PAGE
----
I'd written an unpublished novel before this one. There was an event in my adolescence involving an old friend with whom I've maintained a friendship over the years. In that first book, I touched on that event, and when the manuscript was completed, it struck me my friend would recognize herself. So, I sent it to her before sending it off to my agent. While waiting to hear back from my friend, I was anxious about it, not wanting to hurt her. I kept thinking about it and the premise stayed with me: Wouldn't it be shocking if you came across yourself in a book without any warning? One of my favorite things is going to bed at night with a good book--a time when you feel secure yet are at your most vulnerable. When I was waiting to hear back from my friend, the idea for this novel became embedded in my mind. My friend felt fine about my writing of her minor incident. As it turned out, the book wasn't published, but the situation gave me the idea for this one.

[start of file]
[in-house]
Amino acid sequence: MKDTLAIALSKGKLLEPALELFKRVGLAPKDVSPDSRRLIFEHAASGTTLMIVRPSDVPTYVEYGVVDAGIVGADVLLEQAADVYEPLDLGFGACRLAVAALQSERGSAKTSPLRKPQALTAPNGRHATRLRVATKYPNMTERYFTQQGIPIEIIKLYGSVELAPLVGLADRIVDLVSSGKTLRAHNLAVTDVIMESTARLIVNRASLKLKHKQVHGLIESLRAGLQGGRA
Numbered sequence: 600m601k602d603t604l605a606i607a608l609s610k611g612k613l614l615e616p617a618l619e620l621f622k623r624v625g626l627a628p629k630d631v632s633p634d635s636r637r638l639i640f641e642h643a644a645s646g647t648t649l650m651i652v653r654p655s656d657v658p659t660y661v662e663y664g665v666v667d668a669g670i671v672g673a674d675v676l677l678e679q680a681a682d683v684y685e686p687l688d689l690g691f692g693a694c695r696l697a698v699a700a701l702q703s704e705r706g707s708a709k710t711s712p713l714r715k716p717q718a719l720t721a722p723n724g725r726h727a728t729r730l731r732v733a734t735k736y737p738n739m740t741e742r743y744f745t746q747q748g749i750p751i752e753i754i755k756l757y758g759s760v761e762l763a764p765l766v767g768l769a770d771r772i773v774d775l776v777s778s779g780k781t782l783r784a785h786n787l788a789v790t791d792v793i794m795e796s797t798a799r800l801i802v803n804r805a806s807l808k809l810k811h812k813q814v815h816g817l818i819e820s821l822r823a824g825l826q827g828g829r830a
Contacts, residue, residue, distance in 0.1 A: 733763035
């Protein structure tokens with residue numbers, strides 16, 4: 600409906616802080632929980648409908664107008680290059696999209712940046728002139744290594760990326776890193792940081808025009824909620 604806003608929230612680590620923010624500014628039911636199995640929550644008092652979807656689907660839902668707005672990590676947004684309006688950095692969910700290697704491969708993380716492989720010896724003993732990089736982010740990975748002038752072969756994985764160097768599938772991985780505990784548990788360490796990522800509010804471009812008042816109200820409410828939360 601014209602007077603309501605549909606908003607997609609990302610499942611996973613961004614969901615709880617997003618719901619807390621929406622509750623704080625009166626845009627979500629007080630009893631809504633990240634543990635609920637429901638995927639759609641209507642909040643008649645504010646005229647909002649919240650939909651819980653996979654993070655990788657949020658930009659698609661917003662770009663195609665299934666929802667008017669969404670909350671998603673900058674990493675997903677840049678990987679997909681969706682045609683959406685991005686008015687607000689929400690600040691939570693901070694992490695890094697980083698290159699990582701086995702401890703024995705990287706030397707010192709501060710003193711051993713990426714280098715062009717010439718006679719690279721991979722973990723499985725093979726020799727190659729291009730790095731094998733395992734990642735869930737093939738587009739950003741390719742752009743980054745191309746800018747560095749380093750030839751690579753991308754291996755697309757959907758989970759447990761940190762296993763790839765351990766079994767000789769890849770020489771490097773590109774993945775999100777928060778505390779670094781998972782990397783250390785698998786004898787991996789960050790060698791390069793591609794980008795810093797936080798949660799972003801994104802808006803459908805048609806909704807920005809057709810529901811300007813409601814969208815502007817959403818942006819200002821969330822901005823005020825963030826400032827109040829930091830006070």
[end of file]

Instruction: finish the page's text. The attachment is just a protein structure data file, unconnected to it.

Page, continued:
What made you decide to use the present tense throughout major portions of the novel?
One character's story takes place two years before the present time and I thought the present tense would provide immediacy for the reader. I kept thinking how I would feel if I were sitting in bed and came across a book about me. I tried writing in the past tense, but using the present tense seemed to fit better.

Disclaimer contains portions of The Perfect Stranger within it. In a sense, the novel-within-the novel becomes a character as well. Was that your intention?
Yes, in a way, it was. The book-within-a-book was the "missing" character. It's the witness to an event. I found that element--the prose of The Perfect Stranger--the most straightforward to write.